As the wind picked up and the rain increased in intensity I popped back again to check on the gazebo. It was just as well that I did because it flapped about, minus tent pegs and with one guy rope snapped. I guessed it wouldn’t be long before this one took off as well. Fearing the safety of my vintage china and all the food we made an executive decision to dismantle it. At ten O’Clock at night emergency action number two took place. A small team of helpers moved all the food, china and equipment into the neighbouring barn (including a full and heavy fridge) and I returned to the caravan wet and tired, poured a large glass of wine and shortly after headed to bed to shiver and listen to the pelting rain on the roof.

Five AM the next morning and I was wide awake listening to the quiet. The wind had mercifully died down during the night and it even looked quite bright. By about eight the gazebo and kitchen had been reinstated and by the time I arrived at 8.30 everything was back in place, albeit in need of a good clean.

From then on in it was full steam ahead. Jacky, Ursula and I got to work on the salads, ceviche, and halloumi kebabs. We stuffed the peppers (with the filling I’d made the earlier…in the caravan!) and assembled the dishes for the tapas starters. With the rain lashing it was hard to open the sides of the gazebo for ventilation so once all the barbecues were lit it became really hot and smoky. Our eyes watered and we had to keep going outside to cool down.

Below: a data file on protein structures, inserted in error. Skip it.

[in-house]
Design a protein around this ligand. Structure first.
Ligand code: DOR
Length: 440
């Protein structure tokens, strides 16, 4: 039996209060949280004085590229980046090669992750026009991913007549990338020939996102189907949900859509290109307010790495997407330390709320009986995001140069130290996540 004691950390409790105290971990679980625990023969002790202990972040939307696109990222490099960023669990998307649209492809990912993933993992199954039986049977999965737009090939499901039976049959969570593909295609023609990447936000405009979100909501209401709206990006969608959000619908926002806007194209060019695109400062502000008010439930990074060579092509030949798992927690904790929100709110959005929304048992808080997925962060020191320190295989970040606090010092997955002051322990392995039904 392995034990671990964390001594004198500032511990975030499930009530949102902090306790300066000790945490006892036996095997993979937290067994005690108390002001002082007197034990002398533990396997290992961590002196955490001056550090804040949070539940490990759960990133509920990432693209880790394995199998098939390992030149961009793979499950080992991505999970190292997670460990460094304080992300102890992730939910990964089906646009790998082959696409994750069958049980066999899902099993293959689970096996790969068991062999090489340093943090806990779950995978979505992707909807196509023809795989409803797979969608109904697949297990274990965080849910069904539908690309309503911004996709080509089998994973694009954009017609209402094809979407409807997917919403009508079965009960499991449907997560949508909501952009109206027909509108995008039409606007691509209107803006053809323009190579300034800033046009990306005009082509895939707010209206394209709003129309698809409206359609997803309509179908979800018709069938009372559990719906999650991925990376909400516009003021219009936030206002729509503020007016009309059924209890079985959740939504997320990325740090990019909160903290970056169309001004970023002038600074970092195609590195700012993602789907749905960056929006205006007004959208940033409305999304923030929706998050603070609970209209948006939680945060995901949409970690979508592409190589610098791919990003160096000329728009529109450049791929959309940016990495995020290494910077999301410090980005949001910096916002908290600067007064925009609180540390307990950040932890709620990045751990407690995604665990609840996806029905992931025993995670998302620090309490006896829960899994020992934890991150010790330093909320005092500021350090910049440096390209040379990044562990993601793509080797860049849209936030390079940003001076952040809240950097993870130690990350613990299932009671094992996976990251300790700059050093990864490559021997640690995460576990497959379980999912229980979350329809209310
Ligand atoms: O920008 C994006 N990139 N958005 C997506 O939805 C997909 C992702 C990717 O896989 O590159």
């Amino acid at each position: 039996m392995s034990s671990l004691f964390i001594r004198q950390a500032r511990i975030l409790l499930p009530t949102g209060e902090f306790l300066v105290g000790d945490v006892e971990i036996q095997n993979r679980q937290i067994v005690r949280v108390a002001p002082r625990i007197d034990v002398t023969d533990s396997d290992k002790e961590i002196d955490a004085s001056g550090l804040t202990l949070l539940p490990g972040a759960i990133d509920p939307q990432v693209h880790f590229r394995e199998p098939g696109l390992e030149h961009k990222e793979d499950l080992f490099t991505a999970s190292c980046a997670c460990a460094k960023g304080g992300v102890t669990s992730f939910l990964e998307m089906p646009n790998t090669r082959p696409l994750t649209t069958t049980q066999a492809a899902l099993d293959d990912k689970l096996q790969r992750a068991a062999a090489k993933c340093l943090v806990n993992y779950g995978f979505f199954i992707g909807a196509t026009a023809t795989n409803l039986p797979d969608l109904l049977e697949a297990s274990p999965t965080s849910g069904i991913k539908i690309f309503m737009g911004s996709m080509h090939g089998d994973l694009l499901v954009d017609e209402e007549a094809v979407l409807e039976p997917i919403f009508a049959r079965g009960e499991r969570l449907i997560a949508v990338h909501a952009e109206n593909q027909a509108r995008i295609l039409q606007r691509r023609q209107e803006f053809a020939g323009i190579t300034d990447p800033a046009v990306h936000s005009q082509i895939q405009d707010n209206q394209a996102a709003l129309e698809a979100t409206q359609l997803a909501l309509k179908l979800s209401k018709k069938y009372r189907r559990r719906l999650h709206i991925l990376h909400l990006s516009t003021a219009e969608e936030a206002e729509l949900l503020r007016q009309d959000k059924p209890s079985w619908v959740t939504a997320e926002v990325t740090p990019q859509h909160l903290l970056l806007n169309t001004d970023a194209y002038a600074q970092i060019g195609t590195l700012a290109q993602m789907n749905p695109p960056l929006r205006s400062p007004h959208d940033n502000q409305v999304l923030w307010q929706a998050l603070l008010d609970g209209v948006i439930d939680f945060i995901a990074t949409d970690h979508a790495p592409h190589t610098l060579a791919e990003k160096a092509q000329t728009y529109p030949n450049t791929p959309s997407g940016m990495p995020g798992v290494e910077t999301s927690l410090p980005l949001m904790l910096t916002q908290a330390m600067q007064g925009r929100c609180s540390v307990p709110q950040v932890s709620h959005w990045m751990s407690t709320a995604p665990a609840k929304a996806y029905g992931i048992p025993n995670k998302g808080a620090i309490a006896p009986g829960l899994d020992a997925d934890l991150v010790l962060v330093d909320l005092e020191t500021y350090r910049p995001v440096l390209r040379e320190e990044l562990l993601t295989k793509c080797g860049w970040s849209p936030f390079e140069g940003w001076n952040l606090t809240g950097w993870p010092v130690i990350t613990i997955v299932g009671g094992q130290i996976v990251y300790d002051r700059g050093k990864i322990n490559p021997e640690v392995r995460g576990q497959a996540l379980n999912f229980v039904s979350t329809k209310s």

My main aim was to make sure everything was perfect inside the marquee, whatever was going on outside. Caroline and her team from Plas Gwynfryn, plus the bridesmaids and best man took responsibility for setting up and decorating the tables and marquee. We took charge of the food, with Ursula out front ensuring it all ran smoothly and that Rosie and Amber knew what they were doing and felt supported and confident. Caroline’s team cleared the tables, while my girls served. There was a gelling of both teams and at the end of the day I think we achieved this.

Tapas starters on the table

The buffet table for the main course

Cupcake wedding cake

If you are wondering about the bat theme…Sam, the groom is an ecologist specialising in bat services.

Pudding was a choice of Eton mess (home-made meringue naturally) or fresh fruit salad. The Eton mess was most popular, waitress served, which left no time for photographs sadly.

Overall the day went without major mishap, although we learned many lessons from the small cock-ups along the way…

  • I couldn’t find kebab skewers for love or money and had to get the groom to phone a friend to bring them
  • The tablecloths (that I commissioned) arrived late and were not right. The couple ended up having to hire eight extra round cloths from the venue. I was rather mortified as I hadn’t checked them when they were delivered to my house.